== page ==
For the same reason, backhand smashes tend to be weak. The choice of stroke depends on how near the shuttlecock is to the net, whether it is above net height, and where an opponent is currently positioned: In the forecourt , a high shuttlecock will be met with a net kill , hitting it steeply downwards and attempting to win the rally immediately. This is why it is best to drop the shuttlecock just over the net in this situation. In the midcourt , a high shuttlecock will usually be met with a powerful smash , also hitting downwards and hoping for an outright winner or a weak reply.
Athletic jump smashes , where players jump upwards for a steeper smash angle, are a common and spectacular element of elite men's doubles play. In the rearcourt , players strive to hit the shuttlecock while it is still above them, rather than allowing it to drop lower. This overhead hitting allows them to play smashes, clears hitting the shuttlecock high and to the back of the opponents' court , and drop shots hitting the shuttlecock softly so that it falls sharply downwards into the opponents' forecourt.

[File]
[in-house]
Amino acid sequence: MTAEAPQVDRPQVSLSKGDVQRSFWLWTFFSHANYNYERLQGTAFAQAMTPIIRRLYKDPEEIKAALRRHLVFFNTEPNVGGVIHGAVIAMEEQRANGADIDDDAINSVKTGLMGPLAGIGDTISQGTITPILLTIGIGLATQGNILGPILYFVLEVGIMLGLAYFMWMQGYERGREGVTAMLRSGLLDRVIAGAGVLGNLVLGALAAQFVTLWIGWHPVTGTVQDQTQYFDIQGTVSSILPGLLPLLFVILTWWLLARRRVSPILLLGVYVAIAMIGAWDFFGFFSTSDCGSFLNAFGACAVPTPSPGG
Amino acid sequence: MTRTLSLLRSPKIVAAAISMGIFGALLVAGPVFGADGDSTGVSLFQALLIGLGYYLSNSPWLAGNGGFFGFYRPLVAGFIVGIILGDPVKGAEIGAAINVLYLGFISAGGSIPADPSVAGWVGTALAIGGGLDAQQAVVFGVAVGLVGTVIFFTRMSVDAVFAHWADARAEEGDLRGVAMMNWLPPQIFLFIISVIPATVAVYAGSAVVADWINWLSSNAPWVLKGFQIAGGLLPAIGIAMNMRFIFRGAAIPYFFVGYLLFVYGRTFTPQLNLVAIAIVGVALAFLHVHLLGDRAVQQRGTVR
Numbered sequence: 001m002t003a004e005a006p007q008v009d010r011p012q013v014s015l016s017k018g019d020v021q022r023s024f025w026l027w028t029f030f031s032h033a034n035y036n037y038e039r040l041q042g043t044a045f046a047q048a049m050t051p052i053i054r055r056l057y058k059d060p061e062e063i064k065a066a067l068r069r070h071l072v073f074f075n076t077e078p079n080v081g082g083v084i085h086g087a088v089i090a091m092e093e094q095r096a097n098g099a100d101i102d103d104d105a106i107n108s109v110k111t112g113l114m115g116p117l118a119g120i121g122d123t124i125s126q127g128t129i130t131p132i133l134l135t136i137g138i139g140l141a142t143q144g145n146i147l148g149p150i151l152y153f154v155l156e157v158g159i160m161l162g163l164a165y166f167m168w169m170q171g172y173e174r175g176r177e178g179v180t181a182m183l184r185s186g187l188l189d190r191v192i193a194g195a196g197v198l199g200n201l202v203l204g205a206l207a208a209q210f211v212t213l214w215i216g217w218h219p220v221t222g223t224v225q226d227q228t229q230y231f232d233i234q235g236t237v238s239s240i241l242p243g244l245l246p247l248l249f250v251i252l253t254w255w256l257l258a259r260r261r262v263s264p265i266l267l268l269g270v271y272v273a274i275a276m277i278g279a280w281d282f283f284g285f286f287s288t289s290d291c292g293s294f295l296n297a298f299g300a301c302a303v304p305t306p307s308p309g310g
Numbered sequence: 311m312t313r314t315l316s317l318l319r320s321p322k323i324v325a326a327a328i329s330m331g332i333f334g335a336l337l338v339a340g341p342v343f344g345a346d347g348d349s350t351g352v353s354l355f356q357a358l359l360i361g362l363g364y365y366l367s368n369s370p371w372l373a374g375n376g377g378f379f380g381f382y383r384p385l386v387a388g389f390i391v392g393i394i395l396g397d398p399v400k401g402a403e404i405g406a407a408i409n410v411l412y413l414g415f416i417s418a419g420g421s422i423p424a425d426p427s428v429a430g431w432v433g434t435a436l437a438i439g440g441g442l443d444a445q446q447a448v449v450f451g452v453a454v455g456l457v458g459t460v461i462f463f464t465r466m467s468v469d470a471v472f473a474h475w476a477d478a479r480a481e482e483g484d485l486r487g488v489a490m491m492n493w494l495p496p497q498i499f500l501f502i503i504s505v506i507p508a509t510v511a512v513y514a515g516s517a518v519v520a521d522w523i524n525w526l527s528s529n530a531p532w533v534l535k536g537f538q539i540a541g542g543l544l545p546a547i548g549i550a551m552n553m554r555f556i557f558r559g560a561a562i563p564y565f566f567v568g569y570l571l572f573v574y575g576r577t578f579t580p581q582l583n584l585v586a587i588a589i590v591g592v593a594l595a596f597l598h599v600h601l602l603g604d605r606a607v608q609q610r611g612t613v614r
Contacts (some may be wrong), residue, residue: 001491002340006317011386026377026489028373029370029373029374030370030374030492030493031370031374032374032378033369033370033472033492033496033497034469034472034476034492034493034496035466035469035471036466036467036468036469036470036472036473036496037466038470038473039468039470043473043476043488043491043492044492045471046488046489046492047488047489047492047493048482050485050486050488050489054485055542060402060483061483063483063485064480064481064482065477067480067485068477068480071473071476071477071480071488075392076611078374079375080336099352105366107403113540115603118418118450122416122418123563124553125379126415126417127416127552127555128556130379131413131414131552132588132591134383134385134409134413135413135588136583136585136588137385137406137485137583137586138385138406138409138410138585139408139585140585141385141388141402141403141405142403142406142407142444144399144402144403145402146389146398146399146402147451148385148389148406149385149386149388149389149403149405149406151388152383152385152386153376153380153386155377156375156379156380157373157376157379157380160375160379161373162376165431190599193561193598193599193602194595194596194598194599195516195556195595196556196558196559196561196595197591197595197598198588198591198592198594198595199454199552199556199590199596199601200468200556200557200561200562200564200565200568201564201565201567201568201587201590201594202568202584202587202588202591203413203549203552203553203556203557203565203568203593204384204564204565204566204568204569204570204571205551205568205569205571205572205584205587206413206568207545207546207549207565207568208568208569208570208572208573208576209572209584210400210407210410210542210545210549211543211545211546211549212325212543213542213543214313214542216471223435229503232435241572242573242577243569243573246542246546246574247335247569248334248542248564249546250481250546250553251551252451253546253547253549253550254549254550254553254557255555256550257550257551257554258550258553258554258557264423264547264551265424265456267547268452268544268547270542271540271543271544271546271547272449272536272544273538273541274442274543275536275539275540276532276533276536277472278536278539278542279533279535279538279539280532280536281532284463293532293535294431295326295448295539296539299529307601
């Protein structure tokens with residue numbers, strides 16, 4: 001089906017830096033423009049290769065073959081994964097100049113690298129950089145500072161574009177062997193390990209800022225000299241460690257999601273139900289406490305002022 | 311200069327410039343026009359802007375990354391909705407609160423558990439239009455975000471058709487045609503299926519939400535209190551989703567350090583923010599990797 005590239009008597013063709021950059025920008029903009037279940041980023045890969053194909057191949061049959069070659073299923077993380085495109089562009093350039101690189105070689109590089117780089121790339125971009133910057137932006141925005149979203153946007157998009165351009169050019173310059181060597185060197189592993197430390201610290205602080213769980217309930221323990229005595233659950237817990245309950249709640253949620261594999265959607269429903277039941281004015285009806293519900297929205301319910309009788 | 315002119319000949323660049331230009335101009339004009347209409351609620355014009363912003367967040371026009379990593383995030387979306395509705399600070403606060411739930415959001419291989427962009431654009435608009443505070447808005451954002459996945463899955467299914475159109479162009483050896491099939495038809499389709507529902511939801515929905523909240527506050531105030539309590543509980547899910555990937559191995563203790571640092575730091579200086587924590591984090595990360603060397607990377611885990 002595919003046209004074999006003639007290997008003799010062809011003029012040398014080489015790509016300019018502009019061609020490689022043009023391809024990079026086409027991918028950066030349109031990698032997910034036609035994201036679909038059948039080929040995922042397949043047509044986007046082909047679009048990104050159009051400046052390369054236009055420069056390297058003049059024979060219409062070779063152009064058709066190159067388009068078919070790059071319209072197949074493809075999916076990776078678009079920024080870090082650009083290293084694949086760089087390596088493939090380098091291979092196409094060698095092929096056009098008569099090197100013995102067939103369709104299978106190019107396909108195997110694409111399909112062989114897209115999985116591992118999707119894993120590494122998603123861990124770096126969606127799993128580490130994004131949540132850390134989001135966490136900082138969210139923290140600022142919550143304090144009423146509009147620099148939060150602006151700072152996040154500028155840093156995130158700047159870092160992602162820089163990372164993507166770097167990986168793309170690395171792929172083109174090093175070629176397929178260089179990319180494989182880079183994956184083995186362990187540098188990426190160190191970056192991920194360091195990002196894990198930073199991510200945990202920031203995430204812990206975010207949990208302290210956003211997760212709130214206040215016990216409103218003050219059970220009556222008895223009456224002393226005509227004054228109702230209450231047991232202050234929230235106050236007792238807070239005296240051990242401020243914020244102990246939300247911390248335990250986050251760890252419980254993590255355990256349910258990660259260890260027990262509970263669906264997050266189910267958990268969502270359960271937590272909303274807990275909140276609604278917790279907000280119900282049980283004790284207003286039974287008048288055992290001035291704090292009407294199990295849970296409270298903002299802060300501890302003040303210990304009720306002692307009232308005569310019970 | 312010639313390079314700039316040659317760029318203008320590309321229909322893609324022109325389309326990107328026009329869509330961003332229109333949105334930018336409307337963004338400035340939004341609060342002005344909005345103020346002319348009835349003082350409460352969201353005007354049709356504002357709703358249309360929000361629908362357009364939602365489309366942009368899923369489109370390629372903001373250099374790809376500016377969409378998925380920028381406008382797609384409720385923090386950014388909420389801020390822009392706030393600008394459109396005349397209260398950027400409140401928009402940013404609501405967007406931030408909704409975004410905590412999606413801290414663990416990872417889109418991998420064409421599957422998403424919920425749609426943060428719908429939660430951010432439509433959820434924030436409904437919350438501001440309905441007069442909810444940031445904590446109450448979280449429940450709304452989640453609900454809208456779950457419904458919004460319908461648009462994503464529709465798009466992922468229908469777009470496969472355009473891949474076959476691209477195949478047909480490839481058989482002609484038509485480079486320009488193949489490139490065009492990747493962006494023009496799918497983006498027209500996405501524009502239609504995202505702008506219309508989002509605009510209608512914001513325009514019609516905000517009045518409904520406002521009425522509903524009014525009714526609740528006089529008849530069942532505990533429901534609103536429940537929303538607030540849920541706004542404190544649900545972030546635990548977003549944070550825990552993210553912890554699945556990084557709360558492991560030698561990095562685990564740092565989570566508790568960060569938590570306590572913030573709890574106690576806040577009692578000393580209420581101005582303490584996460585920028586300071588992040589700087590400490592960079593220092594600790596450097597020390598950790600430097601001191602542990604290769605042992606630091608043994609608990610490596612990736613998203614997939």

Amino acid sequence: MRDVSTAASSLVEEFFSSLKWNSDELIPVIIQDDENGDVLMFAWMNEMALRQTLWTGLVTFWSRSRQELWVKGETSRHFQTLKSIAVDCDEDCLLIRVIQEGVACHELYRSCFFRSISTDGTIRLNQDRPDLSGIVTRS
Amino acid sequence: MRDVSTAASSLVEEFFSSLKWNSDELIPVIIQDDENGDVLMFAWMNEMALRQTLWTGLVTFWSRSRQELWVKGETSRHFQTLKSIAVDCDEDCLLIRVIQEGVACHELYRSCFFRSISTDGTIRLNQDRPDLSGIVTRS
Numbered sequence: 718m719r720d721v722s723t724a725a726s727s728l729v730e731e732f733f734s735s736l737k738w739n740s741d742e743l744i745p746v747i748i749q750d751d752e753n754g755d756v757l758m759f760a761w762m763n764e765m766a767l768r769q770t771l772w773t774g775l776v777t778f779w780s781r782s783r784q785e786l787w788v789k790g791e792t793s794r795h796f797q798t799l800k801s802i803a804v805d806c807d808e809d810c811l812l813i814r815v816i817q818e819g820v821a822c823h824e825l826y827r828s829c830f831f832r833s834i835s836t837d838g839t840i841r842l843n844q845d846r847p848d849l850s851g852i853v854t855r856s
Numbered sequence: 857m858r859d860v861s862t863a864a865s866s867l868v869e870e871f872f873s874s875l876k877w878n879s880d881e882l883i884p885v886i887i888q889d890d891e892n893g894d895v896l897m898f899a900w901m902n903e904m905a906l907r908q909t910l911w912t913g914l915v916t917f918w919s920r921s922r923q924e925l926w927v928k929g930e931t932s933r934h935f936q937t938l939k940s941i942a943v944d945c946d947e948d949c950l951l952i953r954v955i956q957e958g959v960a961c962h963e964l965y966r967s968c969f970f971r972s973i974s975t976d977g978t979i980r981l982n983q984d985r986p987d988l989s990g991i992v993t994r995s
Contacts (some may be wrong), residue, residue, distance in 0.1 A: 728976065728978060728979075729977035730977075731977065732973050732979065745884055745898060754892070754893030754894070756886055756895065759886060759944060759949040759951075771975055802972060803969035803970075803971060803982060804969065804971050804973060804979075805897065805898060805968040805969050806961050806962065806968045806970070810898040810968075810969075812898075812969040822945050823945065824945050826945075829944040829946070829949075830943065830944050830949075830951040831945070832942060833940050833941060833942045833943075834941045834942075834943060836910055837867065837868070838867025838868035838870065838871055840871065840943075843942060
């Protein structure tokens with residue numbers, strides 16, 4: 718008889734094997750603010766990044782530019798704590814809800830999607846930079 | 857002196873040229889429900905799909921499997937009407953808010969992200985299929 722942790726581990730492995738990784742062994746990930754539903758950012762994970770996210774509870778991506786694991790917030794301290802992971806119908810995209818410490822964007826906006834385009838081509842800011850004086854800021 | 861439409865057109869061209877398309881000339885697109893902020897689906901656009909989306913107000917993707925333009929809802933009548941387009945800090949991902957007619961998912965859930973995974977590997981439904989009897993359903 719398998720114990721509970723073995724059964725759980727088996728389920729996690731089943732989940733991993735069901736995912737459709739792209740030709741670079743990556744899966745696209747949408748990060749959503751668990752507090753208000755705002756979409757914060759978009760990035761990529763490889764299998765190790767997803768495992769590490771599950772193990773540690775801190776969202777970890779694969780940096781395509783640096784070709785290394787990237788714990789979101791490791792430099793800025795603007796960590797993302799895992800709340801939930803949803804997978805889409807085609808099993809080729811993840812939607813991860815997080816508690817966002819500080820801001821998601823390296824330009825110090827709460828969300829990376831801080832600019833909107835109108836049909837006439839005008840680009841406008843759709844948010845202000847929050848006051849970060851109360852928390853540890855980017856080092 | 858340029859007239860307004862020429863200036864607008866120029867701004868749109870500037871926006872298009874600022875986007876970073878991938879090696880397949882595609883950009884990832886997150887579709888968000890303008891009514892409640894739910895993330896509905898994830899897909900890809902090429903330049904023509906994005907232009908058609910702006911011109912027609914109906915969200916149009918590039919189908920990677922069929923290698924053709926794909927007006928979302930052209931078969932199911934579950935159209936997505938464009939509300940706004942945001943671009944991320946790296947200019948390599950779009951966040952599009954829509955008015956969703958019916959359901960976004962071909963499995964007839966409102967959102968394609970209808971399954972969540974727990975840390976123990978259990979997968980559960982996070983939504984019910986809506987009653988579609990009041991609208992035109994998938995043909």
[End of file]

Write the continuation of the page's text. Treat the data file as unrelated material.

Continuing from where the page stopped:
If the shuttlecock has dropped lower, then a smash is impossible and a full-length, high clear is difficult. When the shuttlecock is well below net height , players have no choice but to hit upwards. Lifts , where the shuttlecock is hit upwards to the back of the opponents' court, can be played from all parts of the court. If a player does not lift, his only remaining option is to push the shuttlecock softly back to the net: When the shuttlecock is near to net height , players can hit drives , which travel flat and rapidly over the net into the opponents' rear midcourt and rear court.